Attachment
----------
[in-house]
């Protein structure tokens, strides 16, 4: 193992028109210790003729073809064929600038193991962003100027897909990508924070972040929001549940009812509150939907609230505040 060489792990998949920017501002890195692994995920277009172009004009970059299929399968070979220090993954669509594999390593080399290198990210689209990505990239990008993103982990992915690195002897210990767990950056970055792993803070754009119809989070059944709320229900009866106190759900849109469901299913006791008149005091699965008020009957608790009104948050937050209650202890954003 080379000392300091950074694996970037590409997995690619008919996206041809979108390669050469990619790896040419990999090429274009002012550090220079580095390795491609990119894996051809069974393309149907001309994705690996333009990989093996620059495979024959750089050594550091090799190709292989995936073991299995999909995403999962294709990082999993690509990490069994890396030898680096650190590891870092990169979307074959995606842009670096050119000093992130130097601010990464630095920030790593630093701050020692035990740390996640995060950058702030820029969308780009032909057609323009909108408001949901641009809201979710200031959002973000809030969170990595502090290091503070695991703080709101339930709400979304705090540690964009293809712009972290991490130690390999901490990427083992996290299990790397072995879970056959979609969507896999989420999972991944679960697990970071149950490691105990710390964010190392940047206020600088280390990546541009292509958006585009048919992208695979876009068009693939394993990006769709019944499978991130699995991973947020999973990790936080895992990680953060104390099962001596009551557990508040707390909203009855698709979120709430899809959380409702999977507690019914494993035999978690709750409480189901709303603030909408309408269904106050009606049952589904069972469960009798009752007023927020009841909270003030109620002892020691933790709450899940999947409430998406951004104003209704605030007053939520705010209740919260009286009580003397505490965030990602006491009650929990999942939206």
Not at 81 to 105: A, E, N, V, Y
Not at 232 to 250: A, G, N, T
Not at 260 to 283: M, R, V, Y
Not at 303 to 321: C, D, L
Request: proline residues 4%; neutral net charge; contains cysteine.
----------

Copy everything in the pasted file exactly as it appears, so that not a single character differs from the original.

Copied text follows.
[in-house]
């Protein structure tokens, strides 16, 4: 193992028109210790003729073809064929600038193991962003100027897909990508924070972040929001549940009812509150939907609230505040 060489792990998949920017501002890195692994995920277009172009004009970059299929399968070979220090993954669509594999390593080399290198990210689209990505990239990008993103982990992915690195002897210990767990950056970055792993803070754009119809989070059944709320229900009866106190759900849109469901299913006791008149005091699965008020009957608790009104948050937050209650202890954003 080379000392300091950074694996970037590409997995690619008919996206041809979108390669050469990619790896040419990999090429274009002012550090220079580095390795491609990119894996051809069974393309149907001309994705690996333009990989093996620059495979024959750089050594550091090799190709292989995936073991299995999909995403999962294709990082999993690509990490069994890396030898680096650190590891870092990169979307074959995606842009670096050119000093992130130097601010990464630095920030790593630093701050020692035990740390996640995060950058702030820029969308780009032909057609323009909108408001949901641009809201979710200031959002973000809030969170990595502090290091503070695991703080709101339930709400979304705090540690964009293809712009972290991490130690390999901490990427083992996290299990790397072995879970056959979609969507896999989420999972991944679960697990970071149950490691105990710390964010190392940047206020600088280390990546541009292509958006585009048919992208695979876009068009693939394993990006769709019944499978991130699995991973947020999973990790936080895992990680953060104390099962001596009551557990508040707390909203009855698709979120709430899809959380409702999977507690019914494993035999978690709750409480189901709303603030909408309408269904106050009606049952589904069972469960009798009752007023927020009841909270003030109620002892020691933790709450899940999947409430998406951004104003209704605030007053939520705010209740919260009286009580003397505490965030990602006491009650929990999942939206």
Not at 81 to 105: A, E, N, V, Y
Not at 232 to 250: A, G, N, T
Not at 260 to 283: M, R, V, Y
Not at 303 to 321: C, D, L
Request: proline residues 4%; neutral net charge; contains cysteine.